Exactly 25 years ago this Monday, Feb. 11, Dr. Diana Natalicio became president of the University of Texas at El Paso. And next year, UTEP celebrates its founding as the Texas State School of Mines and Metallurgy 100 years ago.
Since Natalicio, 73, was selected as president in 1988, UTEP’s annual research expenditures have grown from $5 million to $76 million, and doctoral programs from 1 to 19. Its enrollment has grown from 14,971 to 22,700 students, and the annual budget from $65 million to more than $400 million.
Over the past decade, nearly $400 million has been invested in infrastructure to accommodate that growth, and degree completions have grown dramatically, with an 85-percent increase in undergraduate degrees earned.
Capping it all off is Natalicio’s recent selection to chair the American Council on Education, which calls itself the nation’s most visible and influential higher education association. She is to be sworn in as chair in March.
But Natalicio’s time at UTEP really goes back more than 40 years, when she first came to the university to teach linguistics on a one-year temporary contract, filling in for a professor who was on leave.
“I realized this is the place for me. I like the students a lot. I really love teaching them, and I love the Southwest. I love the mountains; I love the outdoors. Being on an international boundary where I could live in two countries at one time, I thought I had died and gone to heaven,” Natalicio said.
Her career path is unusual. While one often moves up by moving around in academia, Natalicio stayed at UTEP, rising from her temporary position in 1971 to president in 1988.
“I knew our strengths and I knew our weaknesses and I felt we were an institution that could do a lot more than we were doing,” she said. “I had really big ambitions for the university.”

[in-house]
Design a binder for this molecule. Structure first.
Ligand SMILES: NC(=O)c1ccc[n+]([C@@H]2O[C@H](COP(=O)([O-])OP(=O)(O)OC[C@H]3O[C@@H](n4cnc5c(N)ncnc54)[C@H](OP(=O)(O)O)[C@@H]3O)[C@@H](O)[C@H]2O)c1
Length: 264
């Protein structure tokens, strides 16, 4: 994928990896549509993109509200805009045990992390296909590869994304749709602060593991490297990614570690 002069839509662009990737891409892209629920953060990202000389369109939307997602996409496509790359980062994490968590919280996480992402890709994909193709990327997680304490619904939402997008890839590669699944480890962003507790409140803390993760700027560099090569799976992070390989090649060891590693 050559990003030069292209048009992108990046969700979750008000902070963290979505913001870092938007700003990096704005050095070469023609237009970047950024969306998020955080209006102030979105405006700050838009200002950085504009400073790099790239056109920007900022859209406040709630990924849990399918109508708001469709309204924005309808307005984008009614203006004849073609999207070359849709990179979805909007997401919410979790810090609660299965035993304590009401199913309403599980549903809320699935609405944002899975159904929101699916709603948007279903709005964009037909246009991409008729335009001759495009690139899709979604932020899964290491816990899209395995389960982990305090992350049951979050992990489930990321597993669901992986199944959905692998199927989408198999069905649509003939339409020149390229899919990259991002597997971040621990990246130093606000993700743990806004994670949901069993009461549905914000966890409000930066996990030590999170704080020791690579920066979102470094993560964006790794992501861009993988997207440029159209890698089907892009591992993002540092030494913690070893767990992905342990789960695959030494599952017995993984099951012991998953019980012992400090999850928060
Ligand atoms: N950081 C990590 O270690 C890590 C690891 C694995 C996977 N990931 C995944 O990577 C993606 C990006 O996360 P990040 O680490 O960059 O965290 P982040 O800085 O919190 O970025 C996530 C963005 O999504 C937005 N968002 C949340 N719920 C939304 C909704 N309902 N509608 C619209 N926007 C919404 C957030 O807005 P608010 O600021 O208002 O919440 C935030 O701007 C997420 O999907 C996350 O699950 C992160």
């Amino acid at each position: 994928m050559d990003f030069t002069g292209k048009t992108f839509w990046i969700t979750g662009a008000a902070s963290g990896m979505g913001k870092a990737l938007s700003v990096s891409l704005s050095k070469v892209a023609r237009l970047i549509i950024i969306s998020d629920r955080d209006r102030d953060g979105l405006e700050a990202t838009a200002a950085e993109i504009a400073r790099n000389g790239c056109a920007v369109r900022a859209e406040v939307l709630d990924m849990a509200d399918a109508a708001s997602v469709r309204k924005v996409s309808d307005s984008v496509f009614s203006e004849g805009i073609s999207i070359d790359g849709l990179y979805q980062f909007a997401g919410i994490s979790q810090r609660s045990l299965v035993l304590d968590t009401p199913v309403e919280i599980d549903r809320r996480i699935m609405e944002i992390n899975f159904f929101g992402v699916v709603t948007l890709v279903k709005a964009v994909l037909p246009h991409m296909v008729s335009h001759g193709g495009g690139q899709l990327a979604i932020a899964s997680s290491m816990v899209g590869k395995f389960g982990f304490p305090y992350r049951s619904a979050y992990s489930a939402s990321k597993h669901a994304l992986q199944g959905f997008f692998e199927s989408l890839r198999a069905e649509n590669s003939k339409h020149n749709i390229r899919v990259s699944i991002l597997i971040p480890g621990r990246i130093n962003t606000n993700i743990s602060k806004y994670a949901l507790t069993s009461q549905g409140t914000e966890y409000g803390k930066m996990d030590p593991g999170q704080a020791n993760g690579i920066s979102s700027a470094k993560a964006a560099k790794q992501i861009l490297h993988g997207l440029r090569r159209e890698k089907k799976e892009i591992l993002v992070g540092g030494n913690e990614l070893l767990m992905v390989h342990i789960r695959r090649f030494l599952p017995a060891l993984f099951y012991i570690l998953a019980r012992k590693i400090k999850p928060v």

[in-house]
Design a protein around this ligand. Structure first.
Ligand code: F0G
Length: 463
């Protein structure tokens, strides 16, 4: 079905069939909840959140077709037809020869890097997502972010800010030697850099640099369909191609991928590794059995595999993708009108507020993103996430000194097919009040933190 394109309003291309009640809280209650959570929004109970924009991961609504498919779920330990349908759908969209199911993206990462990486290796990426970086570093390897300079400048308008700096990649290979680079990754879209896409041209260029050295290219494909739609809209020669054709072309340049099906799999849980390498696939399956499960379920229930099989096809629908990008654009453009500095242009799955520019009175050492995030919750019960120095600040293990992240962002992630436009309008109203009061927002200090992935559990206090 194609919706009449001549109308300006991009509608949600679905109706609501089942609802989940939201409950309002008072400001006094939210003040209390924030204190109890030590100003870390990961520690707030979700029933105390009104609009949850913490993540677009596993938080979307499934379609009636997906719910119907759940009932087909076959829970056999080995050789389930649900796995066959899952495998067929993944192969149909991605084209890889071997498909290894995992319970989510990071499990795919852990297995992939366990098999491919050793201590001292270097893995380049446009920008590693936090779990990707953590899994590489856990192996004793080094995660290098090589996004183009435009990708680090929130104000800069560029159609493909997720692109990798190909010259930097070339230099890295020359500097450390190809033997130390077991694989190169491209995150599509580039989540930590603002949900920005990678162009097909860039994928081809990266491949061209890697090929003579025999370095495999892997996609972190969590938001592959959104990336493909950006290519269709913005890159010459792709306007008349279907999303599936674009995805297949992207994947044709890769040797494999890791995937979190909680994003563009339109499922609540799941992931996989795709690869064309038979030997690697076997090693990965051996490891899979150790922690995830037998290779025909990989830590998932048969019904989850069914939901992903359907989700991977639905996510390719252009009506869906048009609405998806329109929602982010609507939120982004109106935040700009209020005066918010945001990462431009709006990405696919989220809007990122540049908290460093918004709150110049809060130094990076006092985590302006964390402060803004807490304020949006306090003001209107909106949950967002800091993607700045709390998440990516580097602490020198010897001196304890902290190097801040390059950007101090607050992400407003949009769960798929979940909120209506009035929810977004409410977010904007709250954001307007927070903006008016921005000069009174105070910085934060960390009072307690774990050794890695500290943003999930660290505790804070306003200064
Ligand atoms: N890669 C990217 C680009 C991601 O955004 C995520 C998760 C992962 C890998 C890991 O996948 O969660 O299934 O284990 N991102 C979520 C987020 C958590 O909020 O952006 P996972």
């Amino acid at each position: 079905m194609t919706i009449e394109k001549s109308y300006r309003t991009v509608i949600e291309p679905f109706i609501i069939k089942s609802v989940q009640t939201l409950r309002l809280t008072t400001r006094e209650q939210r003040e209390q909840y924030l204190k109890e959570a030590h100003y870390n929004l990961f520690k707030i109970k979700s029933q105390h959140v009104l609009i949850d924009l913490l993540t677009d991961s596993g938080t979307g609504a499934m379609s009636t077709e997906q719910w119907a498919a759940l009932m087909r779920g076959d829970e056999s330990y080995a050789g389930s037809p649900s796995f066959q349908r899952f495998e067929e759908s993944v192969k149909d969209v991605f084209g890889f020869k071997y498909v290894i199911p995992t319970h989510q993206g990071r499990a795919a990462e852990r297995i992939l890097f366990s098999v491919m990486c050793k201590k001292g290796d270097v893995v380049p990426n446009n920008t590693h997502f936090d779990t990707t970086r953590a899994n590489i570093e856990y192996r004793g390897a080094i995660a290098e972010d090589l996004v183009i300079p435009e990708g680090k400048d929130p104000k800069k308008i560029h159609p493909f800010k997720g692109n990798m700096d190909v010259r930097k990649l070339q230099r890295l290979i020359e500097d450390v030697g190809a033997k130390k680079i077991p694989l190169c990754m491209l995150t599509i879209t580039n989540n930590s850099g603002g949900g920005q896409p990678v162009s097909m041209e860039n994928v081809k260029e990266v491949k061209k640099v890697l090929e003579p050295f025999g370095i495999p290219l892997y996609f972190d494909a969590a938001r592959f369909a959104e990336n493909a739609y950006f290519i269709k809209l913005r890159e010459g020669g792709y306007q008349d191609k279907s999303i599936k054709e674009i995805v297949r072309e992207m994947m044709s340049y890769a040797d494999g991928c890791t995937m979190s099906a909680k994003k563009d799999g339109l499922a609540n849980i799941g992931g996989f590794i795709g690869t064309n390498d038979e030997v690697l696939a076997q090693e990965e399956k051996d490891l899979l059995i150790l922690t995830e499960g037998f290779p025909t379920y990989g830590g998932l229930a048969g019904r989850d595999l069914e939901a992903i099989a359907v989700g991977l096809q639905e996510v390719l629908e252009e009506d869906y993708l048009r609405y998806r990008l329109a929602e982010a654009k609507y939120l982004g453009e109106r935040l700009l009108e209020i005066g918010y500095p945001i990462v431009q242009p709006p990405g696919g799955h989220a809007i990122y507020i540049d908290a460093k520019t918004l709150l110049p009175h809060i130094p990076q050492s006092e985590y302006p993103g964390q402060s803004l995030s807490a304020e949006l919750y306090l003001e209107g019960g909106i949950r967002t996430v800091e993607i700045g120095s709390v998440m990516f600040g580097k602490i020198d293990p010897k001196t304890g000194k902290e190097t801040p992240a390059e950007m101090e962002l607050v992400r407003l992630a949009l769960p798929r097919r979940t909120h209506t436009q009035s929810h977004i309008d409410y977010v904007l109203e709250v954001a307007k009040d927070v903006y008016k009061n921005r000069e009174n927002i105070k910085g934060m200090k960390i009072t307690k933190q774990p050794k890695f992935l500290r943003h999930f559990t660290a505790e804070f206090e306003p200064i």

Natalicio grew up in St. Louis, Mo. She earned a bachelor’s degree from St. Louis University as well as a master’s degree in Portuguese and a doctorate in linguistics from the University of Texas at Austin. She then went to Brazil as a Fulbright student.
Natalicio sat down with El Paso Inc. and talked about UTEP’s past, its future, the arduous path to tier-one status, and baseball.
Q: A lot has changed since you became UTEP president 25 years ago, and there is really no way to detail it all here. But what are some milestones that have meant the most to you?
It’s hard to pinpoint only a few; there have been so many. One of the big ones occurred just a few years ago when we graduated our 100,000th student. When you think about that in terms of impact on a region… what would this region be like if we hadn’t afforded an opportunity to 100,000 people to get a degree and go on to productive and satisfying lives?
There are a lot of new buildings and each one of them represents a milestone of sorts – a step in our development. We had a plan to increase our research capacity and accommodate the expected enrollment growth, and all of those things have played out. They are all fantastic facilities that we could have only have dreamed of 25 years ago.
The growing reputation that UTEP now enjoys nationally is another. Twenty-five years ago, when I would go to the East Coast and introduce myself as president of UTEP, people were often quizzical. Sometimes they would say, “Didn’t you win the national basketball championship in 1966?” and I would say, “Yes, but we have been very busy since then and done a lot of other things.” Now people know right away who we are.
I’m very proud too of the changing student demographic. We look like El Paso now – we didn’t in 1987. Today we mirror the demographics of the region we serve, and there are very few universities that actually accomplish that. We’ve tried very hard to fulfill the notion that talent is everywhere, and it crosses all the boundaries, and it is our job to provide opportunities for that talent to develop.